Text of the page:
AUTHOR: Raunaq Singh Bawa
(Student, Class 12, Bhavan Vidyalaya, Chandigarh)
“I was wondering what would break first: your spirit, or your body?”– Bane (The Dark Night Rises, 2012)
To facilitate a better understanding of the theme, certain clarifications are in order. What exactly entails an ‘Orwellian Reality’? Well, the term was coined by political commentators to describe dystopian realities characterised by tyrannical totalitarian governments, with nearly zero individual liberty ascribed to citizens, and near-total thought control and manipulation by the state. The word ‘Orwellian’ is used because such a reality was first imagined by the great author-political thinker, George Orwell, most notably in his novel 1984.
Now, a brief commentary about the status quo, the run-up to the status quo, and what may likely follow the status quo. One could likely argue that the conditions relevant to this theme began from 1917 onwards. For the purpose of this article, I shall divide the time from 1917 till present day into 5 periods:
- 1917-1945 (Post Russian Revolution to WWII)
- 1945-1991 (Cold War)
- 2001-2016 (War on terror to Right-Wing resurgence)
- 2016-present day (Right-wing resurgence)
Post the Russian Revolution is when the first preliminary elements of this Orwellian reality could faintly be seen as coming into being. Every stage hence represents an advancement towards this reality, with new Orwellian elements coming into play and the existing ones being strengthened.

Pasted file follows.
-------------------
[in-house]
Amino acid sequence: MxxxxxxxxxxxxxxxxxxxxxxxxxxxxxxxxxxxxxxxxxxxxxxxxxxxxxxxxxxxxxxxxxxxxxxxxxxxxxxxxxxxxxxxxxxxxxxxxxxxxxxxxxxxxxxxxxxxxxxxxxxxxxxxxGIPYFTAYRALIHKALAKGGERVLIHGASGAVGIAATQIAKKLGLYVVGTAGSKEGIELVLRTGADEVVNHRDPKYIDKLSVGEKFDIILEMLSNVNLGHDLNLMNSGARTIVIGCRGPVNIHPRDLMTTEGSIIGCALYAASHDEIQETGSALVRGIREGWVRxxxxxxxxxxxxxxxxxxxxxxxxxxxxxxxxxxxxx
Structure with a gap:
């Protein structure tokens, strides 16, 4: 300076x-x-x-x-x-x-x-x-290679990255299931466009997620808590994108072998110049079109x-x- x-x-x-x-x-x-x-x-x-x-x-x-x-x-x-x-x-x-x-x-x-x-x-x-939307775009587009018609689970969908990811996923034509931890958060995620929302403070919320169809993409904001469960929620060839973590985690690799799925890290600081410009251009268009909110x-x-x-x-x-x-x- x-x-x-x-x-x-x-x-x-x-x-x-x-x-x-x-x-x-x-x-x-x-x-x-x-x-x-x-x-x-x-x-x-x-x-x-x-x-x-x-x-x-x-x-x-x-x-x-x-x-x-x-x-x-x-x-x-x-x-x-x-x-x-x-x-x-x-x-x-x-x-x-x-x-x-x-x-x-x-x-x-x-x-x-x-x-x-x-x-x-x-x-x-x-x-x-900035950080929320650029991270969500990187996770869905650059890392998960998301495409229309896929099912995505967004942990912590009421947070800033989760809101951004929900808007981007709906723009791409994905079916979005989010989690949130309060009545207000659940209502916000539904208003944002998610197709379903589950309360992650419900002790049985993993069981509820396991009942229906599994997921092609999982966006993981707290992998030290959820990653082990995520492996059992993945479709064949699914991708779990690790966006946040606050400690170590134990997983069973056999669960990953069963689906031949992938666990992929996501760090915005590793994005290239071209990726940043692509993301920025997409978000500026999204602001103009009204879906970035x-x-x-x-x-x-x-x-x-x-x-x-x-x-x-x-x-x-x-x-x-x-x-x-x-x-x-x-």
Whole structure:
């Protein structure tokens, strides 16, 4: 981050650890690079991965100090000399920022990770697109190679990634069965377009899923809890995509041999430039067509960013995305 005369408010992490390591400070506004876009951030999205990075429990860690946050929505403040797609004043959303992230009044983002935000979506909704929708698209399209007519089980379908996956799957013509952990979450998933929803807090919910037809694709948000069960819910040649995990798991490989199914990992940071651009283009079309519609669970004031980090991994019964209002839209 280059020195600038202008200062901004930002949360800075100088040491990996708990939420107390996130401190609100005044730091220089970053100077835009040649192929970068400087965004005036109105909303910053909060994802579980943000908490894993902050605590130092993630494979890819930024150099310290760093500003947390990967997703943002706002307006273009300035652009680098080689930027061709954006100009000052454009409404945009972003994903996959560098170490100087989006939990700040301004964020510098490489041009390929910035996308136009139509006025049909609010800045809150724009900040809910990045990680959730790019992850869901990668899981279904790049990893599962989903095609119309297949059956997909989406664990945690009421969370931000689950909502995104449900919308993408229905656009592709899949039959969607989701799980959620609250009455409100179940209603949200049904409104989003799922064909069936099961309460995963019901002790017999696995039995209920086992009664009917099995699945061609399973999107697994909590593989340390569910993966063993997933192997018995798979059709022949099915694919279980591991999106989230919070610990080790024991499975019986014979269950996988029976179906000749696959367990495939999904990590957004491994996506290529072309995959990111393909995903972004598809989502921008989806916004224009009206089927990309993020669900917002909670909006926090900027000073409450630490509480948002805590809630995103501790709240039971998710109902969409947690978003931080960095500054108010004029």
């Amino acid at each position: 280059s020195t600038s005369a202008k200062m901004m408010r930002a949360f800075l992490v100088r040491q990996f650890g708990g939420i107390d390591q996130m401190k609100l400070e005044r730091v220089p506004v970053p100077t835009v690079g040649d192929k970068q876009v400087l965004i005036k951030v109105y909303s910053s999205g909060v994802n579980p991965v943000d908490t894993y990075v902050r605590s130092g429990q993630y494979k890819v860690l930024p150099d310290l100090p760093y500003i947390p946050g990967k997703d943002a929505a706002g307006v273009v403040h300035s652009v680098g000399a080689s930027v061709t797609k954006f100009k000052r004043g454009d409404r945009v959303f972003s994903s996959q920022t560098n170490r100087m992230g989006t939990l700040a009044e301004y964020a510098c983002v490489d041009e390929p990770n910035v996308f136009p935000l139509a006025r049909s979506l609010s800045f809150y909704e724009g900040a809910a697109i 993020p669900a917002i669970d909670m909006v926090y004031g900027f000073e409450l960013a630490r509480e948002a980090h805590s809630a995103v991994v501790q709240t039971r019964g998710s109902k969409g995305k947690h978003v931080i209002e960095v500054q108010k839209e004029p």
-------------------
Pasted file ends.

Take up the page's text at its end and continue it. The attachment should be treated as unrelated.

October 1917, one of the most significant events in world history ever to occur. The existing monarchy in Russia is overthrown by the Bolsheviks led by V.I. Lenin, who then proceed to execute Tsar Nicholas II along with his family and loyalists. Immediately, a Communist regime is established in Russia, which in 1922 is christened the USSR (Union of the Soviet Socialist Republics), following a devastating and bloody civil war from which the Bolsheviks emerge triumphant.
The USSR was led by the Communist Party (formerly the Bolsheviks), which was at the time was the only legal political party in the country. The Party exercised near total control over all aspects of the country and its citizens’ lives. Dissent in any manner was not tolerated, compliance to the policies of the Party was mandatory, and basic freedoms, such as freedom of speech, freedom to practice any profession of one’s choosing, freedom of navigation etc. were denied to the citizens. The state’s internal security apparatus (like the NKVD) monitored the citizens, and exercised extraordinary powers of extrajudicial action.
Indeed, as is well known, the situation became at least ten times worse in 1924, when the [relatively] moderate Lenin died, giving way to Joseph Stalin, his successor as the leader of the Communist Party and the USSR.
Stalin is known for his excesses in governing the USSR. He was a power-hungry, brutal tyrant, who demanded absolute compliance to his authority. He went to great lengths to eradicate all potential competitors from the Party, most notably Trotsky, who was exiled and later assassinated at Stalin’s behest. Stalin went on to meticulously alter history, by even getting Trotsky obliterated from earlier photographs.
Stalin’s propaganda campaign was also extremely vast. Posters glorifying the Party and demonising the Western Capitalists and the Kulaks (rich farmers) were common. The NKVD indulged in a far-reaching campaign to eradicate these kulaks, who were chosen in an a highly arbitrary manner, with the word term itself lacking a clear definition. Farcical trials were also common, and of course, the famous Gulags (labour camps) were also set up by Stalin, wherein all dissenters were condemned to work themselves till death.